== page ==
Who are you?
I identify first as a student and lover of life, and as a creative. I’m a mixed-race black womxn; the daughter of a black American father and white American mother, both with longstanding working class roots in the northeast U.S. I approach life as a radical in the true sense of the word, concerned with getting to the root of things.
How and why did you connect with BlackFemaleProject?
I first heard about BlackFemaleProject not long after relocating to Oakland from Boston; a friend shared a flyer and I was immediately interested in getting connected, both because the work felt resonant with my professional experience and also because I was new to the Bay and looking to build a community of like-minded black women.
Once I got connected to Precious and learned she was doing most of the work on her own, I offered to volunteer and help out in whatever ways I could. Some of the support needed included writing and editing text, which is what I now (three years later) spend much of my time doing for BlackFemaleProject, as an employee of PJS Consultants.
What is your role with BlackFemaleProject?
My primary role with BlackFemaleProject is lead editor on the story collection. I also provide writing and editing for our blog, newsletters, member spotlights, and more.
What about the BlackFemaleProject has kept you involved?
The affirmation I get from hearing my own feelings, challenges, joys, and more reflected in other sisters’ stories, and the satisfaction I feel from investing my time and energy in the support of black women. Giving to BlackFemaleProject gives back to me.
How has BlackFemaleProject impacted you?
BlackFemaleProject provides a constant space of community, even when the community isn’t physically sharing space. The gathering and archiving of our stories is and always has been a radical act: the racist, sexist, and classist institutions around us fail to see us, hear us, or honestly represent us; when we create our own archives—which is precisely what BlackFemaleProject does—we take back the narrative and stand in our power. Having access to this new, self-determined set of narratives has helped remind me that my story and my struggles aren’t isolated.
What resonates for you in the BlackFemaleProject content you’ve heard or seen so far?
So much! Stories about what it feels like to be “the only” are super resonant, and so are stories that dig into the patterns surrounding perception of black women in the workplace. I’ve heard myself reflected in women grappling with how to be real without being perceived as brash or negative, how to be emotional or passionate without becoming the so-called angry black woman, and how to balance a sense of obligation to the betterment of our people and our society with a concern for self-care and self-preservation.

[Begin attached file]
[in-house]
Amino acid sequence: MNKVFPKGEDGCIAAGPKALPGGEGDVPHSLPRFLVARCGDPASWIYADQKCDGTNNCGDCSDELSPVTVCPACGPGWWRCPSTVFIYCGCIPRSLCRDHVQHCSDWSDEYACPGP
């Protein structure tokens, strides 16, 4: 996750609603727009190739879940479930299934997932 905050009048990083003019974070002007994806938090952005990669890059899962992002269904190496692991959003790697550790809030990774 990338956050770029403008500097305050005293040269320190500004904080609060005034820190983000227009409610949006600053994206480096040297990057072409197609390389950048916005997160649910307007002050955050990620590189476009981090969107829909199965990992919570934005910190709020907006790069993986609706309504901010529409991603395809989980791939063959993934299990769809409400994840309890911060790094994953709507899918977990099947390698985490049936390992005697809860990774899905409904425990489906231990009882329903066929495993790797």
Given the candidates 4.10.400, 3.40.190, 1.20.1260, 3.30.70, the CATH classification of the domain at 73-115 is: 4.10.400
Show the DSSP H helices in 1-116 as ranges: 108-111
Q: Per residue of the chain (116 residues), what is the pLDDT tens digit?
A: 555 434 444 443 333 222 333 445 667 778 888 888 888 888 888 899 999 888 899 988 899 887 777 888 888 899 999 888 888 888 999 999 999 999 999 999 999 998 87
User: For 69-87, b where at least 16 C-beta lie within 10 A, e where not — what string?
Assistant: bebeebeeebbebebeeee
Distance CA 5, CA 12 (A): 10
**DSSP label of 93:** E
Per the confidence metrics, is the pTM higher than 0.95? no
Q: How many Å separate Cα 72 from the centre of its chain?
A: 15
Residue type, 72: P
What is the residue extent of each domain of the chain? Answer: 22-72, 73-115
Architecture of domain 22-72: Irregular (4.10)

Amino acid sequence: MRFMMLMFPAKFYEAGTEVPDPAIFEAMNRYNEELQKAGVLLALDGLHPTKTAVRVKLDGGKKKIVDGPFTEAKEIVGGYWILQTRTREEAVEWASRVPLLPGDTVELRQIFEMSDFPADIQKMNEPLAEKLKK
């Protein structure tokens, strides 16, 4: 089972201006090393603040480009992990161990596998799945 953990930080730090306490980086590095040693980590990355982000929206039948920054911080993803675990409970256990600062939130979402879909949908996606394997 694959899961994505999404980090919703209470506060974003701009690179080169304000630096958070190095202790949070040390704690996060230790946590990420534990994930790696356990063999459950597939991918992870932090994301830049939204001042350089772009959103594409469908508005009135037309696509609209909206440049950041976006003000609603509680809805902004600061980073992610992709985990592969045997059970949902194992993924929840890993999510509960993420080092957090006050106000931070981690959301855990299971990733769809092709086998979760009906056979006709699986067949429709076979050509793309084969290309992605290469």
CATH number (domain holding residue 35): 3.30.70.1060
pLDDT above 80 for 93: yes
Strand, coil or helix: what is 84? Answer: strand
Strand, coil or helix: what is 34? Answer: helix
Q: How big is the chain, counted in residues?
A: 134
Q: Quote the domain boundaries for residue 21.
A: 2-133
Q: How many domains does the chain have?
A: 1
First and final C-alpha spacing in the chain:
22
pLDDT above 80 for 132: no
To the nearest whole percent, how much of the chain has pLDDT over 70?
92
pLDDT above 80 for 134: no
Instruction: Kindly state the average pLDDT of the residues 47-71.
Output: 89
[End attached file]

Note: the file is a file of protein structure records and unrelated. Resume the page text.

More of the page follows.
What is your greatest personal takeaway from editing the inaugural story collection?
A theme that became clear to me after a short amount of time was our frequent belief that we (black women) don’t have stories that are worth telling. We think they’re not that remarkable, or not that extreme, and I believe this is a product of the ways we’ve been socialized to normalize and internalize the acute intersectional oppressions we experience as black women. Like my sisters, I struggle with this dynamic. And to be real, I continue to struggle with it even when I know rationally that I have a story worth telling, and even in the context of space exclusively occupied by black women. This is largely because of the ways that white supremacy, anti-black racism, and white “privilege” have contributed to the complexity of my experiences as a light-skinned, mixed-race black woman as compared to those of my darker-skinned sisters. I tend to downplay my hardships or minimize my voice to be sure I’m not perpetuating problematic patterns relative to the ways colorism plays out among us. Despite this continued struggle, BlackFemaleProject provides me with abundant reminders that my story is valid and sharing it is impactful.